The United Nations children’s agency warned that Yemen’s stocks of fuel and vaccines will run out within a month unless the invading military coalition, led by Saudi Arabia, lifts its blockade on the Western port of Hodeida and the international airport in the capital Sana’a.
“Stocks of fuel would last until the end of November and stocks of vaccines would run out in just one month,” UNICEF Resident Representative in Yemen Meritxell Relano said to reporters in Geneva,
She further warned that fuel prices had gone up 60 percent and there were deep concerns about a diphtheria outbreak and food shortages because of the closure of the port of Hodeida which was used to import nearly 80 percent of Yemen’s food before the shutdown.
“The situation that was already catastrophic is just getting worse. The impact of this is unimaginable in terms of health and diseases,” Relano further added.
On Monday, Saudi Arabia announced the closure of all land, air and sea ports in Yemen. Riyadh’s move came after Yemeni forces, backed by Ansarullah fighters, launched a Borkan H2 long-range missile at King Khalid International Airport in Northeastern Riyadh late on Saturday.
According to several reports, the Saudi-led air campaign against Yemen has driven the impoverished country towards humanitarian disaster, as Saudi Arabia’s deadly campaign prevented the patients from travelling abroad for treatment and blocked the entry of medicine into the war-torn country.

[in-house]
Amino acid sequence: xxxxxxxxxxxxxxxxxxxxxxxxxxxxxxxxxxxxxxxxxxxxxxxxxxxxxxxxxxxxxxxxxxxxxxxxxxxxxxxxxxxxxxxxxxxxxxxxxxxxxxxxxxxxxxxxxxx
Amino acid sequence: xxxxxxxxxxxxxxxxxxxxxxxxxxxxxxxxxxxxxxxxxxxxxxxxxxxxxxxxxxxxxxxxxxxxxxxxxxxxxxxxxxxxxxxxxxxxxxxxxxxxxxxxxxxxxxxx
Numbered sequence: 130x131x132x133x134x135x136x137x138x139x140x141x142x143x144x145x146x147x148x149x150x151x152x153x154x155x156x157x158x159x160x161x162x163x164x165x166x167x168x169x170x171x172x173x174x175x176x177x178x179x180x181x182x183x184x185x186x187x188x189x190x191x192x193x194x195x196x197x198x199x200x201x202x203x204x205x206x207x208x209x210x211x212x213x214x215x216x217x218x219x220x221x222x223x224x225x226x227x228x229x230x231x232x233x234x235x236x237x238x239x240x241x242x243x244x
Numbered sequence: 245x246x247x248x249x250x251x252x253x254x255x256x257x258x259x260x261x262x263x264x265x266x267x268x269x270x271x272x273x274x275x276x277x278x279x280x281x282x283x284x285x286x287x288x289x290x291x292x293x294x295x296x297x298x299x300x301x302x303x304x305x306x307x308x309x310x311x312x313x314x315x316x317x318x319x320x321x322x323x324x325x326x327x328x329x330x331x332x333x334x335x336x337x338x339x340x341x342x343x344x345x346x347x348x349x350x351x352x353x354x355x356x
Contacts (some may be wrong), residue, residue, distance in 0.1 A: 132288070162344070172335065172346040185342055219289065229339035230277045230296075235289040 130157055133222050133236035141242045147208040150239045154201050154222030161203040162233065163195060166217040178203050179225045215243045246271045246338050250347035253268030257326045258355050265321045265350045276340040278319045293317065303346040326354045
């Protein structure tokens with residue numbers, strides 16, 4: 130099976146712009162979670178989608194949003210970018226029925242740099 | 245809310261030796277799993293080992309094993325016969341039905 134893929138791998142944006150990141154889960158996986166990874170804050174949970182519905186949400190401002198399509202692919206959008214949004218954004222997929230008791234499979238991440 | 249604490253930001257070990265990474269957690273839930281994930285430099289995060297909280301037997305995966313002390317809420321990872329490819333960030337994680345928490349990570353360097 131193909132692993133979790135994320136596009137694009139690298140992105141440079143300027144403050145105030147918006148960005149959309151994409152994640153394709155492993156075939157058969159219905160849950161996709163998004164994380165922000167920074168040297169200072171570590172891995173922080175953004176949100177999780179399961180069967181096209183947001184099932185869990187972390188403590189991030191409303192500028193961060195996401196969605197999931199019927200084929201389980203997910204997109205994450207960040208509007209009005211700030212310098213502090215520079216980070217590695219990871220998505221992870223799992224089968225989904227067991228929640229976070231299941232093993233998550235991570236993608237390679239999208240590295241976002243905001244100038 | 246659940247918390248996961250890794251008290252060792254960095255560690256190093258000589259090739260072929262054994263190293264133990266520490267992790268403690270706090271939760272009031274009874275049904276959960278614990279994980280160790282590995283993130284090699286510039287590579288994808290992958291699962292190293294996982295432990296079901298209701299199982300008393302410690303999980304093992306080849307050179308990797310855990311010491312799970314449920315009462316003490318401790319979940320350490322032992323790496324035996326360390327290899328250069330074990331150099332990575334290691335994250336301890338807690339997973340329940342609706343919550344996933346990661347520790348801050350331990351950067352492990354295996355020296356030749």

The cholera outbreak in Yemen which began in April, has also claimed over 2,200 lives and has infected 900,000, as the nation has been suffering from what the World Health Organization (WHO) describes as the “largest epidemic in the world” amid a non-stop bombing campaign led by Saudi Arabia. Also Riyadh’s deadly campaign prevented the patients from traveling abroad for treatment and blocked the entry of medicine into the war-torn country.
According to reports, the cholera epidemic in Yemen, which is the subject of a Saudi Arabian war and total embargo, is the largest recorded in modern history.
However, according to the World Health Organization (WHO), the number of new cholera cases has fallen consistently during the past eight weeks. Nevertheless, it warned that progress against the viral disease could be reversed by the blockade.
“If the closure is not stopped in the coming days, we may see that the progress is stopped,” WHO spokeswoman Fadela Chaib said a regular UN briefing in Geneva, adding that “We can see even more cases and more deaths as a result of not being able to get access to people.”
On Wednesday, a ship setting sail from Djibouti, with 250 tons of WHO medical supplies, was barred from anchoring in Hodeida due to the persisting blockade.
“If the blockade continues and the ports remain closed, we will not be able to perform life-saving surgeries or provide basic healthcare,” Chaib stressed.
“Humanitarian movements into Yemen remain blocked,” said UNOCHA spokesman Russell Geekie.